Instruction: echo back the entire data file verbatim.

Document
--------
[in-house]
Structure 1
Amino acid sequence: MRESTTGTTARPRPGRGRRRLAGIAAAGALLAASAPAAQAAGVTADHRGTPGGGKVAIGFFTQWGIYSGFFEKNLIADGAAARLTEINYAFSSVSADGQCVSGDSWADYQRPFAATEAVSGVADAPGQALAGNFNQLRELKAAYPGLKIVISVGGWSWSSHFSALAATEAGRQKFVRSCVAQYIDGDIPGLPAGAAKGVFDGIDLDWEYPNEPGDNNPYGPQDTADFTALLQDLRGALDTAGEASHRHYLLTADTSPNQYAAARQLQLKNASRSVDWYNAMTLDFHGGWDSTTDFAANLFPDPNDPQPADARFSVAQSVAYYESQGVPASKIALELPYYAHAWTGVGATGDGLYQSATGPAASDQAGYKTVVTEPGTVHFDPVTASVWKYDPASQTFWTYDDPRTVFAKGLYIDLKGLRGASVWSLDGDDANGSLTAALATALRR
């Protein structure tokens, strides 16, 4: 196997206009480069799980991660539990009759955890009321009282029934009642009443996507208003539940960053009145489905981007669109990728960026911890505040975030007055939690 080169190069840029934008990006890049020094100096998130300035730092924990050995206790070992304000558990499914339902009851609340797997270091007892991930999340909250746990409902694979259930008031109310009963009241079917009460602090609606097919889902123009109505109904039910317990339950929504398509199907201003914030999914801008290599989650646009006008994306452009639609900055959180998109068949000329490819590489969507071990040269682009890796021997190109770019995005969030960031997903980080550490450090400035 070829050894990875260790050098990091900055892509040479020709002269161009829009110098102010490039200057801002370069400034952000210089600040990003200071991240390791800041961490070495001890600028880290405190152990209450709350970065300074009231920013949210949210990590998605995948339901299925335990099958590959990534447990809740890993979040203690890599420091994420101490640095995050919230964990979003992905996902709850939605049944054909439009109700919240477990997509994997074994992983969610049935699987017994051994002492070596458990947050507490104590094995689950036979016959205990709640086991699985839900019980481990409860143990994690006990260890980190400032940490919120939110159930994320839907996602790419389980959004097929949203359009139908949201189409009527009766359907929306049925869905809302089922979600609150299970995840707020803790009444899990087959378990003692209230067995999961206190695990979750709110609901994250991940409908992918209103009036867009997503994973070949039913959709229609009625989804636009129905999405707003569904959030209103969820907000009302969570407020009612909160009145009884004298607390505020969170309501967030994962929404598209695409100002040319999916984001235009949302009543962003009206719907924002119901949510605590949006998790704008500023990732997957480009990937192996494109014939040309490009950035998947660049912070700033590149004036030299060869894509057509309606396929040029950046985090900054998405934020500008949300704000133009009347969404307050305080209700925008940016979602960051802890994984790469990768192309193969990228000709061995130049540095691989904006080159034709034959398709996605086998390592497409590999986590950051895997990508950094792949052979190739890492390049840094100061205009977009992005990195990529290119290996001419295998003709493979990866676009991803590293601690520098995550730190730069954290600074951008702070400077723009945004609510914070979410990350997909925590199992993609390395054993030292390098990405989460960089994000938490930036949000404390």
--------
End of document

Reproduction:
[in-house]
Structure 1
Amino acid sequence: MRESTTGTTARPRPGRGRRRLAGIAAAGALLAASAPAAQAAGVTADHRGTPGGGKVAIGFFTQWGIYSGFFEKNLIADGAAARLTEINYAFSSVSADGQCVSGDSWADYQRPFAATEAVSGVADAPGQALAGNFNQLRELKAAYPGLKIVISVGGWSWSSHFSALAATEAGRQKFVRSCVAQYIDGDIPGLPAGAAKGVFDGIDLDWEYPNEPGDNNPYGPQDTADFTALLQDLRGALDTAGEASHRHYLLTADTSPNQYAAARQLQLKNASRSVDWYNAMTLDFHGGWDSTTDFAANLFPDPNDPQPADARFSVAQSVAYYESQGVPASKIALELPYYAHAWTGVGATGDGLYQSATGPAASDQAGYKTVVTEPGTVHFDPVTASVWKYDPASQTFWTYDDPRTVFAKGLYIDLKGLRGASVWSLDGDDANGSLTAALATALRR
């Protein structure tokens, strides 16, 4: 196997206009480069799980991660539990009759955890009321009282029934009642009443996507208003539940960053009145489905981007669109990728960026911890505040975030007055939690 080169190069840029934008990006890049020094100096998130300035730092924990050995206790070992304000558990499914339902009851609340797997270091007892991930999340909250746990409902694979259930008031109310009963009241079917009460602090609606097919889902123009109505109904039910317990339950929504398509199907201003914030999914801008290599989650646009006008994306452009639609900055959180998109068949000329490819590489969507071990040269682009890796021997190109770019995005969030960031997903980080550490450090400035 070829050894990875260790050098990091900055892509040479020709002269161009829009110098102010490039200057801002370069400034952000210089600040990003200071991240390791800041961490070495001890600028880290405190152990209450709350970065300074009231920013949210949210990590998605995948339901299925335990099958590959990534447990809740890993979040203690890599420091994420101490640095995050919230964990979003992905996902709850939605049944054909439009109700919240477990997509994997074994992983969610049935699987017994051994002492070596458990947050507490104590094995689950036979016959205990709640086991699985839900019980481990409860143990994690006990260890980190400032940490919120939110159930994320839907996602790419389980959004097929949203359009139908949201189409009527009766359907929306049925869905809302089922979600609150299970995840707020803790009444899990087959378990003692209230067995999961206190695990979750709110609901994250991940409908992918209103009036867009997503994973070949039913959709229609009625989804636009129905999405707003569904959030209103969820907000009302969570407020009612909160009145009884004298607390505020969170309501967030994962929404598209695409100002040319999916984001235009949302009543962003009206719907924002119901949510605590949006998790704008500023990732997957480009990937192996494109014939040309490009950035998947660049912070700033590149004036030299060869894509057509309606396929040029950046985090900054998405934020500008949300704000133009009347969404307050305080209700925008940016979602960051802890994984790469990768192309193969990228000709061995130049540095691989904006080159034709034959398709996605086998390592497409590999986590950051895997990508950094792949052979190739890492390049840094100061205009977009992005990195990529290119290996001419295998003709493979990866676009991803590293601690520098995550730190730069954290600074951008702070400077723009945004609510914070979410990350997909925590199992993609390395054993030292390098990405989460960089994000938490930036949000404390």